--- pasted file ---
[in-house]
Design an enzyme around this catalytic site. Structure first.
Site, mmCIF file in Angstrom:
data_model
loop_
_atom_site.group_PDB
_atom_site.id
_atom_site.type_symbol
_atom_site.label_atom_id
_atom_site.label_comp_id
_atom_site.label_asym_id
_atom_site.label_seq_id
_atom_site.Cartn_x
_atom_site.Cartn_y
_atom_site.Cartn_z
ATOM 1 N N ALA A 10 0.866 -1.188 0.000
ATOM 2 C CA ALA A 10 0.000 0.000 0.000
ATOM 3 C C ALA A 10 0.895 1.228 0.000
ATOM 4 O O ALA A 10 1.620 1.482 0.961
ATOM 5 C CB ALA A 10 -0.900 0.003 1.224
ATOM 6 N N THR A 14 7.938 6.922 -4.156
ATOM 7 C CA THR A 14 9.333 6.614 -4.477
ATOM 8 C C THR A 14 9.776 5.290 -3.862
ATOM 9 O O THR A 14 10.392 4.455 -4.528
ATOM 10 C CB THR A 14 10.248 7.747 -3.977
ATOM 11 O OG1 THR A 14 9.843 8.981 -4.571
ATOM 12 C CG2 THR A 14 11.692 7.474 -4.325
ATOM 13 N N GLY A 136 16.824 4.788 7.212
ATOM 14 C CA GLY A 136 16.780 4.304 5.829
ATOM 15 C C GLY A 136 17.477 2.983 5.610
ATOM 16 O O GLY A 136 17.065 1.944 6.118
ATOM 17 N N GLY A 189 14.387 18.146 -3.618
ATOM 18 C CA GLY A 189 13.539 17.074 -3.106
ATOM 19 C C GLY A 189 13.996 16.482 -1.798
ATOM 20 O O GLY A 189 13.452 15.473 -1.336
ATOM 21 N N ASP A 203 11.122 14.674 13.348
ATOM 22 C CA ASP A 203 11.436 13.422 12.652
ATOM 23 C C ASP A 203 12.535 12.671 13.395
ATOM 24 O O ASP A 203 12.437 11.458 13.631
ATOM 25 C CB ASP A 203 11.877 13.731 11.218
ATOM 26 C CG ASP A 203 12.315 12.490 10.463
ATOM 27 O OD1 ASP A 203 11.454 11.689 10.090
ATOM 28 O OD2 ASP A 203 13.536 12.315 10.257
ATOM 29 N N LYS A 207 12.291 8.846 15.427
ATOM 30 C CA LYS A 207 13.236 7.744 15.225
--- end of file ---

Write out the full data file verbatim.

[in-house]
Design an enzyme around this catalytic site. Structure first.
Site, mmCIF file in Angstrom:
data_model
loop_
_atom_site.group_PDB
_atom_site.id
_atom_site.type_symbol
_atom_site.label_atom_id
_atom_site.label_comp_id
_atom_site.label_asym_id
_atom_site.label_seq_id
_atom_site.Cartn_x
_atom_site.Cartn_y
_atom_site.Cartn_z
ATOM 1 N N ALA A 10 0.866 -1.188 0.000
ATOM 2 C CA ALA A 10 0.000 0.000 0.000
ATOM 3 C C ALA A 10 0.895 1.228 0.000
ATOM 4 O O ALA A 10 1.620 1.482 0.961
ATOM 5 C CB ALA A 10 -0.900 0.003 1.224
ATOM 6 N N THR A 14 7.938 6.922 -4.156
ATOM 7 C CA THR A 14 9.333 6.614 -4.477
ATOM 8 C C THR A 14 9.776 5.290 -3.862
ATOM 9 O O THR A 14 10.392 4.455 -4.528
ATOM 10 C CB THR A 14 10.248 7.747 -3.977
ATOM 11 O OG1 THR A 14 9.843 8.981 -4.571
ATOM 12 C CG2 THR A 14 11.692 7.474 -4.325
ATOM 13 N N GLY A 136 16.824 4.788 7.212
ATOM 14 C CA GLY A 136 16.780 4.304 5.829
ATOM 15 C C GLY A 136 17.477 2.983 5.610
ATOM 16 O O GLY A 136 17.065 1.944 6.118
ATOM 17 N N GLY A 189 14.387 18.146 -3.618
ATOM 18 C CA GLY A 189 13.539 17.074 -3.106
ATOM 19 C C GLY A 189 13.996 16.482 -1.798
ATOM 20 O O GLY A 189 13.452 15.473 -1.336
ATOM 21 N N ASP A 203 11.122 14.674 13.348
ATOM 22 C CA ASP A 203 11.436 13.422 12.652
ATOM 23 C C ASP A 203 12.535 12.671 13.395
ATOM 24 O O ASP A 203 12.437 11.458 13.631
ATOM 25 C CB ASP A 203 11.877 13.731 11.218
ATOM 26 C CG ASP A 203 12.315 12.490 10.463
ATOM 27 O OD1 ASP A 203 11.454 11.689 10.090
ATOM 28 O OD2 ASP A 203 13.536 12.315 10.257
ATOM 29 N N LYS A 207 12.291 8.846 15.427
ATOM 30 C CA LYS A 207 13.236 7.744 15.225